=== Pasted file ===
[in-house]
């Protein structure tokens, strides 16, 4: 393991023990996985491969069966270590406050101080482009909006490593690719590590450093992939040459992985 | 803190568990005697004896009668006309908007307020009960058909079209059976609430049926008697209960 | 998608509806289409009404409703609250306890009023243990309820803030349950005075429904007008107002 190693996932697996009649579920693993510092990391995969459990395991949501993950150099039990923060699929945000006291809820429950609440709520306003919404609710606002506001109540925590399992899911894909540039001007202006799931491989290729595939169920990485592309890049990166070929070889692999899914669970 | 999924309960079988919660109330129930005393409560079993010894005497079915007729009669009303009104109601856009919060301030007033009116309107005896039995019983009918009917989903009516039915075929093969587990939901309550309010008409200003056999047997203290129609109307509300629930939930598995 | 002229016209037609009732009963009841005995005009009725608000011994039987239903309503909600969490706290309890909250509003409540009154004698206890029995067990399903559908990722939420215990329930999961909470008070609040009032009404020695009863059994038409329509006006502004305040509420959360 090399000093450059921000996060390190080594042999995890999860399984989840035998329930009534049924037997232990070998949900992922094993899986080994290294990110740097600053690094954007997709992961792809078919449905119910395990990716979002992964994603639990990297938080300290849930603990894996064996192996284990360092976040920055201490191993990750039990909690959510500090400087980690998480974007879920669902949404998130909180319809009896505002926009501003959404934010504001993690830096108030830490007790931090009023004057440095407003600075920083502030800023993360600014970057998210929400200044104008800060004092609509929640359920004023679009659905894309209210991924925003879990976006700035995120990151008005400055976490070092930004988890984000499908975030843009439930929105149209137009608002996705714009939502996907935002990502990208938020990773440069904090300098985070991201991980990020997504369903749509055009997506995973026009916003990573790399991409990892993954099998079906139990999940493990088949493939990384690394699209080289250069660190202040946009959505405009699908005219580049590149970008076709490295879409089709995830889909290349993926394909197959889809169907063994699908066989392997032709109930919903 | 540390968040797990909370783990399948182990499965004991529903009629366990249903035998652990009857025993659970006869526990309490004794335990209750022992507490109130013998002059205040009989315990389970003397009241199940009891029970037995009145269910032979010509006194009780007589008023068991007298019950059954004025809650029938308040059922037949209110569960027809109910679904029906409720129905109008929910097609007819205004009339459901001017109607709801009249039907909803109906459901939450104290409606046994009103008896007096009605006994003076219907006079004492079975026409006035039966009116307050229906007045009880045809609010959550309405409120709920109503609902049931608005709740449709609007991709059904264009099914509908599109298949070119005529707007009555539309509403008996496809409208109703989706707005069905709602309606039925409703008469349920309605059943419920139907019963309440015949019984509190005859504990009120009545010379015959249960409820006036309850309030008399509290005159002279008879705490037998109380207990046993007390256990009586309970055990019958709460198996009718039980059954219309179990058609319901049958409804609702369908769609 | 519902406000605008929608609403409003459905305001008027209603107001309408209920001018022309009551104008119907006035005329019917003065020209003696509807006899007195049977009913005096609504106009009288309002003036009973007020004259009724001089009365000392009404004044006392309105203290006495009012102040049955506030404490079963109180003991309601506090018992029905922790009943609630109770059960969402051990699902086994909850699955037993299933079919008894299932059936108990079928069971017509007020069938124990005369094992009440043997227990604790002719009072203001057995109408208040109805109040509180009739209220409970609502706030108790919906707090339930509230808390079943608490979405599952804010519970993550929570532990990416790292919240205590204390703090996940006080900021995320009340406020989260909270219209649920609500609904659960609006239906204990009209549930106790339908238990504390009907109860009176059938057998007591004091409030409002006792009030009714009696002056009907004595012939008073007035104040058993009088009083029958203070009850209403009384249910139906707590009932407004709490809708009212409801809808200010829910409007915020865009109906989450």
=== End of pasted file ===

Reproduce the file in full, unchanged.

[in-house]
């Protein structure tokens, strides 16, 4: 393991023990996985491969069966270590406050101080482009909006490593690719590590450093992939040459992985 | 803190568990005697004896009668006309908007307020009960058909079209059976609430049926008697209960 | 998608509806289409009404409703609250306890009023243990309820803030349950005075429904007008107002 190693996932697996009649579920693993510092990391995969459990395991949501993950150099039990923060699929945000006291809820429950609440709520306003919404609710606002506001109540925590399992899911894909540039001007202006799931491989290729595939169920990485592309890049990166070929070889692999899914669970 | 999924309960079988919660109330129930005393409560079993010894005497079915007729009669009303009104109601856009919060301030007033009116309107005896039995019983009918009917989903009516039915075929093969587990939901309550309010008409200003056999047997203290129609109307509300629930939930598995 | 002229016209037609009732009963009841005995005009009725608000011994039987239903309503909600969490706290309890909250509003409540009154004698206890029995067990399903559908990722939420215990329930999961909470008070609040009032009404020695009863059994038409329509006006502004305040509420959360 090399000093450059921000996060390190080594042999995890999860399984989840035998329930009534049924037997232990070998949900992922094993899986080994290294990110740097600053690094954007997709992961792809078919449905119910395990990716979002992964994603639990990297938080300290849930603990894996064996192996284990360092976040920055201490191993990750039990909690959510500090400087980690998480974007879920669902949404998130909180319809009896505002926009501003959404934010504001993690830096108030830490007790931090009023004057440095407003600075920083502030800023993360600014970057998210929400200044104008800060004092609509929640359920004023679009659905894309209210991924925003879990976006700035995120990151008005400055976490070092930004988890984000499908975030843009439930929105149209137009608002996705714009939502996907935002990502990208938020990773440069904090300098985070991201991980990020997504369903749509055009997506995973026009916003990573790399991409990892993954099998079906139990999940493990088949493939990384690394699209080289250069660190202040946009959505405009699908005219580049590149970008076709490295879409089709995830889909290349993926394909197959889809169907063994699908066989392997032709109930919903 | 540390968040797990909370783990399948182990499965004991529903009629366990249903035998652990009857025993659970006869526990309490004794335990209750022992507490109130013998002059205040009989315990389970003397009241199940009891029970037995009145269910032979010509006194009780007589008023068991007298019950059954004025809650029938308040059922037949209110569960027809109910679904029906409720129905109008929910097609007819205004009339459901001017109607709801009249039907909803109906459901939450104290409606046994009103008896007096009605006994003076219907006079004492079975026409006035039966009116307050229906007045009880045809609010959550309405409120709920109503609902049931608005709740449709609007991709059904264009099914509908599109298949070119005529707007009555539309509403008996496809409208109703989706707005069905709602309606039925409703008469349920309605059943419920139907019963309440015949019984509190005859504990009120009545010379015959249960409820006036309850309030008399509290005159002279008879705490037998109380207990046993007390256990009586309970055990019958709460198996009718039980059954219309179990058609319901049958409804609702369908769609 | 519902406000605008929608609403409003459905305001008027209603107001309408209920001018022309009551104008119907006035005329019917003065020209003696509807006899007195049977009913005096609504106009009288309002003036009973007020004259009724001089009365000392009404004044006392309105203290006495009012102040049955506030404490079963109180003991309601506090018992029905922790009943609630109770059960969402051990699902086994909850699955037993299933079919008894299932059936108990079928069971017509007020069938124990005369094992009440043997227990604790002719009072203001057995109408208040109805109040509180009739209220409970609502706030108790919906707090339930509230808390079943608490979405599952804010519970993550929570532990990416790292919240205590204390703090996940006080900021995320009340406020989260909270219209649920609500609904659960609006239906204990009209549930106790339908238990504390009907109860009176059938057998007591004091409030409002006792009030009714009696002056009907004595012939008073007035104040058993009088009083029958203070009850209403009384249910139906707590009932407004709490809708009212409801809808200010829910409007915020865009109906989450």